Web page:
I intervene only briefly because my right hon. Friend the Member for Enfield, West (Mr. lain Macleod) has argued very persuasively why we should accept the Clauses dealing with occupational pension schemes. There is only one major point which I would make, and that is to ask why the Bill should go ahead when the other Bill which contained such proposals has been dropped. Why should not these Clauses be dropped as well? Why should we not consider the position more soberly and calmly? These are very important Clauses indeed, affecting the whole of occupational pension schemes. I have been at committee meetings with those a great deal more expert than I am in the operation of such schemes, and those people are very disturbed that Parliament should push through these Clauses, particularly when they are riddled with errors.
My right hon. Friend has informed the Committee that there will be amending legislation, if necessary, after discussion, and the Government have put forward the point that there is discretion and that the Revenue will continue to exercise discretion. I would feel very much easier if I could have an assurance that, after discussion, the present Government, if they are re-elected, or the present Opposition, as is more likely when they have won it, will bring forward amending legislation soon after the election; and many other people would feel a great deal easier too.
§ Mrs. Lena Jeger (Holborn and St. Pancras, South)
I am sure that the whole Committee will have welcomed the statement made by the Minister on this difficult subject of university pensions. As I understood him, it means that the passing of this Finance Bill does not affect the N.F.S.S.U. negotiations, and that these will continue without prejudice. I am sure he will tell me if I have mis- 1878 represented the position, but that is my understanding of it. I think that it would have relieved the anxieties of many of our university constituents if they had understood that that was the position.
Pensions, especially contributory pensions, are a very personal and sensitive matter, and it is very important that nobody should have any sense of grievance or misunderstanding about his or her pension prospects under a contributory scheme. People feel that, to a large extent, the money is their own, and they do not want to lose the right to have some say about how it is disposed of, about the right to a lump sum, the right to choose investments for annuities, and so on.
I hope very much that there will be the least possible delay in taking up these negotiations immediately after the election, because there has been a great deal of anxiety, which I can quite understand; and I am sure, from the sympathetic remarks which have been made on both sides of the Committee, that other hon. Members appreciate this concern, too. It does not matter how actuarially perfect these schemes are; they somehow fail if people feel that they are not fair and are out of their own personal control.
When these negotiations are taken up again, will my hon. and learned Friend sympathetically consider the restrictions in the Schedule on the right to take a lump sum? This is an element of free choice for the people who are getting towards the end of their earning life which should be extended as far as possible.
The Minister suggested that those who had been in the scheme for a long time should have more rights than those who came in later, and I hope that such a provision will be built into any revision of the scheme.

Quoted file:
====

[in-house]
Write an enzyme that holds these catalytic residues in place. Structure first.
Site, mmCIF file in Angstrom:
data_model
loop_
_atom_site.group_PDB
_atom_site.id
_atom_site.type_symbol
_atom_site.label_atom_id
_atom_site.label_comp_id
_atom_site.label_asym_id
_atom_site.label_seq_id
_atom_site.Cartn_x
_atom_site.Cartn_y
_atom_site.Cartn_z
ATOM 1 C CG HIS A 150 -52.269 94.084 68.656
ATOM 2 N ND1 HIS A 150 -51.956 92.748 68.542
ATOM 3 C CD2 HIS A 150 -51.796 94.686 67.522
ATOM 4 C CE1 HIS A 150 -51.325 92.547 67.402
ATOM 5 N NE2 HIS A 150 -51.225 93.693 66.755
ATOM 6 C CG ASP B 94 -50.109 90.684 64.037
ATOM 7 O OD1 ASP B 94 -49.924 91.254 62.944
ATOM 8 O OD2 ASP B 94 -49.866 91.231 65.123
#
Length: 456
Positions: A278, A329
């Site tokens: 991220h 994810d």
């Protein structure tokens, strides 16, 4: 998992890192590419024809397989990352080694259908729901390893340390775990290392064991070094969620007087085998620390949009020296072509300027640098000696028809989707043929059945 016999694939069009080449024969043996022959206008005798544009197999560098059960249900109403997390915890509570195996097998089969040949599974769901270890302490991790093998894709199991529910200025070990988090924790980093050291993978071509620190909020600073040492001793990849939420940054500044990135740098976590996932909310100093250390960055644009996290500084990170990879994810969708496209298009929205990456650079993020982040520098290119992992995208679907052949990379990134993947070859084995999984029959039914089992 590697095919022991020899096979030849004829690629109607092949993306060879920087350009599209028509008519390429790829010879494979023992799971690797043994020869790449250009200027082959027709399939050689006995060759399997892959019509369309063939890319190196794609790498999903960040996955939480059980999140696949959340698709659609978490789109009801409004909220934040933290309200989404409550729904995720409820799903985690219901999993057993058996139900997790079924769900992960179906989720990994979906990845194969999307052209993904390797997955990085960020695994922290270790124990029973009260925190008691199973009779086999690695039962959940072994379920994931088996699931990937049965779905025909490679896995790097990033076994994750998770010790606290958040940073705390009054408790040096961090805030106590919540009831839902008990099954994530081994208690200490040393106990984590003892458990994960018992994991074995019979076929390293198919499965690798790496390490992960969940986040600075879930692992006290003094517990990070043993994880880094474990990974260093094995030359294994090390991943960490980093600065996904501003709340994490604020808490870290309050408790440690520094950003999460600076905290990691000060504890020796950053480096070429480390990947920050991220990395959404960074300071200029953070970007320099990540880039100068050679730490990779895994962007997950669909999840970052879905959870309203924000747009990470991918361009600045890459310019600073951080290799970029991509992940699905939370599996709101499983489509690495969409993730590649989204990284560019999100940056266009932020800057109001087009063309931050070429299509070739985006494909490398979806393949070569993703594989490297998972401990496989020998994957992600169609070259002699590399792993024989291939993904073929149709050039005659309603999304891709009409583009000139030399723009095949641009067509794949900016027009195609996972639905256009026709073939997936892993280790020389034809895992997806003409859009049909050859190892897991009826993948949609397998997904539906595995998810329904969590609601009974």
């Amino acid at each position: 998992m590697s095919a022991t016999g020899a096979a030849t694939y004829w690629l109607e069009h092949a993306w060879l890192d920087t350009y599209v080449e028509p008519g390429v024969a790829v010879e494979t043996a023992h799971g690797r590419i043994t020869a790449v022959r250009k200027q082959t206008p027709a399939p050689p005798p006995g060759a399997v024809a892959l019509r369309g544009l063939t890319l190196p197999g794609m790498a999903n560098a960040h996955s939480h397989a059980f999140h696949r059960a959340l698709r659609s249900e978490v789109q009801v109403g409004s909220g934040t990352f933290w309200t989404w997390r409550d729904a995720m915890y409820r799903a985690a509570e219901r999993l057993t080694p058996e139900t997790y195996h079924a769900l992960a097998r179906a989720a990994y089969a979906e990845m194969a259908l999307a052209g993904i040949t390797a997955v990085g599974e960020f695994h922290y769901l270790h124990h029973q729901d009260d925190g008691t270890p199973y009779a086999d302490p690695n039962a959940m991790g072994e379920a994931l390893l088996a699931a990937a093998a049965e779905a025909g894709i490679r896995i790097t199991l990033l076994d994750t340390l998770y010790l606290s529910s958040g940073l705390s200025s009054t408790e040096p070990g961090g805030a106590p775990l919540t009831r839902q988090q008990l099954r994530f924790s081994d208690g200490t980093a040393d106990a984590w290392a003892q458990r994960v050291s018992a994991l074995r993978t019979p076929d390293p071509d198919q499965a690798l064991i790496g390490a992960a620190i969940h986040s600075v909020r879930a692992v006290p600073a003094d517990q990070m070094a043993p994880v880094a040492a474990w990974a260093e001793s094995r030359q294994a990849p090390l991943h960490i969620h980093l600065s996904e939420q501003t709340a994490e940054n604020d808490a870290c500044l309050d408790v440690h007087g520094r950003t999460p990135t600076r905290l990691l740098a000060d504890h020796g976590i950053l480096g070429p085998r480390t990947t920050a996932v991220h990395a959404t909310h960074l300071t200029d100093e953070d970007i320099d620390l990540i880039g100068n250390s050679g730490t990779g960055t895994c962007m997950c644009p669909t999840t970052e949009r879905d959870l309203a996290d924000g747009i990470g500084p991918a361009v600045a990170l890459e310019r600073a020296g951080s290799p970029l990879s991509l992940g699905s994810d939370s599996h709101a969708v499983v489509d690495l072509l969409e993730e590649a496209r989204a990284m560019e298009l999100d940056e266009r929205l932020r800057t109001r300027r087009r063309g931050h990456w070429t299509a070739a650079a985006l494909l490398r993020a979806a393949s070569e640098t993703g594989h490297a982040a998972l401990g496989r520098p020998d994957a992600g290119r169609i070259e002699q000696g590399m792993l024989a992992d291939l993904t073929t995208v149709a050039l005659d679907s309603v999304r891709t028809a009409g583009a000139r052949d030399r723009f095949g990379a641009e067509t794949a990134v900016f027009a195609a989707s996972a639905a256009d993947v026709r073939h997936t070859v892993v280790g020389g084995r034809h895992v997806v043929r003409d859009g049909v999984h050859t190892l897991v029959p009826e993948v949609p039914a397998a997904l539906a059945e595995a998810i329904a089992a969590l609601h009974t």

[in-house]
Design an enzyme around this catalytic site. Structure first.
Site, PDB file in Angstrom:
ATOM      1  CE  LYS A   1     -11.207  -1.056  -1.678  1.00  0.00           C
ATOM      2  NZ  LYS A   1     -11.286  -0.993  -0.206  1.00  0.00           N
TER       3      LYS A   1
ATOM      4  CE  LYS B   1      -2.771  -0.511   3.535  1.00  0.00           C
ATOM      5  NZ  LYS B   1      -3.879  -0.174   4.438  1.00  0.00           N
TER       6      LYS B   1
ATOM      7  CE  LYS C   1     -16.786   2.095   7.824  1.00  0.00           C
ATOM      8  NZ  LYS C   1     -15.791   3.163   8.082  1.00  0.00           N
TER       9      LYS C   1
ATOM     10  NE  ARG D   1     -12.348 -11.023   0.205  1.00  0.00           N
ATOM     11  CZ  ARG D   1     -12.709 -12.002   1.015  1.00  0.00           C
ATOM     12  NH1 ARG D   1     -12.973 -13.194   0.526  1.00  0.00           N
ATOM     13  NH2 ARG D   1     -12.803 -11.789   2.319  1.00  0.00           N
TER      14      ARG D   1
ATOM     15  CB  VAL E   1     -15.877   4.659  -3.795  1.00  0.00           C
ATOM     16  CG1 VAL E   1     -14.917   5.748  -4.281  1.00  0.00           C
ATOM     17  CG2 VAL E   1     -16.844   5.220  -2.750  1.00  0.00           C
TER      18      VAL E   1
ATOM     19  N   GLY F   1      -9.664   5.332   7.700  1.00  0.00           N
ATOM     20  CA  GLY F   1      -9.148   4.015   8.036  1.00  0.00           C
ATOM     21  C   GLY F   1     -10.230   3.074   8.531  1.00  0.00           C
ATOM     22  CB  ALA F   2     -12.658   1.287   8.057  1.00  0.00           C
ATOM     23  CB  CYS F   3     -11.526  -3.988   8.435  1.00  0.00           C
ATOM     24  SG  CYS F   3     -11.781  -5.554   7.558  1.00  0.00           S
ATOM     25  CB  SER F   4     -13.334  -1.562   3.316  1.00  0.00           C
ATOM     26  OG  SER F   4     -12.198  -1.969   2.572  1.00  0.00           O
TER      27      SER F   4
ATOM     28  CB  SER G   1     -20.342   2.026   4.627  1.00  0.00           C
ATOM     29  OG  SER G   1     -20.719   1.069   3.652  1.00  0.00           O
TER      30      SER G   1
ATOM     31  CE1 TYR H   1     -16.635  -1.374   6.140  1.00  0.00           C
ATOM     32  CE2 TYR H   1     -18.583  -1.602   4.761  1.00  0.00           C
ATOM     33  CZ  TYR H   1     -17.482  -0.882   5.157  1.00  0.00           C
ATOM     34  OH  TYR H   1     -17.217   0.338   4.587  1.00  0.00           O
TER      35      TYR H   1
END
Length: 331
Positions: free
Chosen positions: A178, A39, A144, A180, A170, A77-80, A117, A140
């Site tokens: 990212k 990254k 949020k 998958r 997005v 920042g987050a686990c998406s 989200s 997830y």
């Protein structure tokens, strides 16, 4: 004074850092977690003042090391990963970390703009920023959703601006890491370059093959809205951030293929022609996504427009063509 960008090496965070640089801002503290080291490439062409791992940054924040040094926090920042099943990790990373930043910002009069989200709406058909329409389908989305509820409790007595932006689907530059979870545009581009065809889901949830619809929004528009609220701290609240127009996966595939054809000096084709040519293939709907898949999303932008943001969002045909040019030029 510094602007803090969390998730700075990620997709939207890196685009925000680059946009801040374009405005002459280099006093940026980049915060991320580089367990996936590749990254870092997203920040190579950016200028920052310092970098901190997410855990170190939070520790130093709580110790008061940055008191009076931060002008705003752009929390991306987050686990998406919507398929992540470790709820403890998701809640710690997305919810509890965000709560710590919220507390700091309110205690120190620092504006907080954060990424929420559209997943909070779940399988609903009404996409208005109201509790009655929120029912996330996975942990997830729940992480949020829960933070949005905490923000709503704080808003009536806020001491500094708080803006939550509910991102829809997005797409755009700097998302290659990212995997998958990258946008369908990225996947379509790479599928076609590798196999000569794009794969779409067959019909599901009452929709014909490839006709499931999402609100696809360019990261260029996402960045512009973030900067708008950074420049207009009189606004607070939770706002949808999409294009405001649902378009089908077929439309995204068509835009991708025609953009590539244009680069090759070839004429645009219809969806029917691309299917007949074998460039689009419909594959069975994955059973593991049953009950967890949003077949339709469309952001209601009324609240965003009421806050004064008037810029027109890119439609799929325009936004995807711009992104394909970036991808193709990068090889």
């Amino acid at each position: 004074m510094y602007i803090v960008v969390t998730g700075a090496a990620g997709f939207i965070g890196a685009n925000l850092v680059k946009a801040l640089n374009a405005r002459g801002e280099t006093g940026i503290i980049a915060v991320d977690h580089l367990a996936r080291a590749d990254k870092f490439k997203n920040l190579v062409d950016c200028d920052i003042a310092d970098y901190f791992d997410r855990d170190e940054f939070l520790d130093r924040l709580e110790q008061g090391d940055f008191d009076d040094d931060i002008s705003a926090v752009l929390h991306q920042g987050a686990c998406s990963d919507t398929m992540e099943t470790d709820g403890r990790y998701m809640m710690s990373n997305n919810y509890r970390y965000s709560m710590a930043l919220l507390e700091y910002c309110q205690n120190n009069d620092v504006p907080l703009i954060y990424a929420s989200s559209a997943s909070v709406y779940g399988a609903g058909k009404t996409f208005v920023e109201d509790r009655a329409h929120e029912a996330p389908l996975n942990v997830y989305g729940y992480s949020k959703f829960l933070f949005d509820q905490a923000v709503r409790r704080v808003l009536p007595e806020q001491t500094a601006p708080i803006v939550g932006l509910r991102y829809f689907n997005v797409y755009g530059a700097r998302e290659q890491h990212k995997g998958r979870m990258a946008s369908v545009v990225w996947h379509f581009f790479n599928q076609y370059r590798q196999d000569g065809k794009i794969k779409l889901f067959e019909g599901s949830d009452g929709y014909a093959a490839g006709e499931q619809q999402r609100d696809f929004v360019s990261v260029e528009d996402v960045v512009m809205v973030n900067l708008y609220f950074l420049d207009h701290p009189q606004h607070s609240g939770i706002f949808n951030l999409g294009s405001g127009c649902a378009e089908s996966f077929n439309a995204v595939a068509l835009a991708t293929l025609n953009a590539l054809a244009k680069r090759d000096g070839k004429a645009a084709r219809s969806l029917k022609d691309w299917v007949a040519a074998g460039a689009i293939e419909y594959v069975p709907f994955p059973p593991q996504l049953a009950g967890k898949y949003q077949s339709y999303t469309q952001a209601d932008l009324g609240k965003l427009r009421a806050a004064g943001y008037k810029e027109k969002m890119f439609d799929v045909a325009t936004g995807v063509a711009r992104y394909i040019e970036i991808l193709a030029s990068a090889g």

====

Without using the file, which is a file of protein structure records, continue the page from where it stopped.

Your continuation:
§ Mr. Lubbock
The Financial Secretary gave us an assurance that all benefits which had been acquired up until the date of the Finance Bill—
§ Mr. Lubbock
—all benefits which had been acquired up until the operative date, which is 1972, could be continued in their present form, and it is only thereafter that any disadvantage could accrue to the university teachers. This is a very 1879 important point which perhaps our constituents would like to know about.
§ Mrs. Jeger
I thank the hon. Gentleman for spelling this out in more detail. If we cannot get agreement on the lump sum problem and the scheme thereby ceases to fail within the mantle of what can be approved, university staff will be exposed to the serious problem of having to pay income tax on the contributions to the fund of their employers. This is an unfair and difficult choice to put before the university staff.
The employers contribute about 10 per cent. of the fund, and to pay tax on that will, I am told—and I am the last person in the Committee to know anything about income tax—cost a university teacher earning £1,500 an extra £48, in the £2,500 range an extra £80, and in the £3,500 range an extra £112.
I know that the whole policy of the Government is directed towards a reduction of income tax and taking the maximum number of people altogether out of liability for income tax. It is no part of our policy to increase income tax, and I should be sorry if, in an accidental way, because of failure to agree on commuting rights, university staffs found themselves outside the approval of the scheme and, therefore, subject to a most unfair and unfortunate reduction in their real incomes. I am confident that the next Government, like the present Government, will take every care to see that this does not happen.
The Treasury and the Board of Inland Revenue would save themselves a tremendous amount of trouble if these policies did not have to be rewritten. This is a complicated and lengthy business and it will occupy the time of civil servants which could be better devoted to much more important matters.
This has been a useful debate which should allay a great deal of anxiety felt by the universities. Our universities have enough problems to face without the added problem of anxious staff who are worried about their old age and their pension rights. I thank the Minister for what he has said this afternoon to allay those anxieties.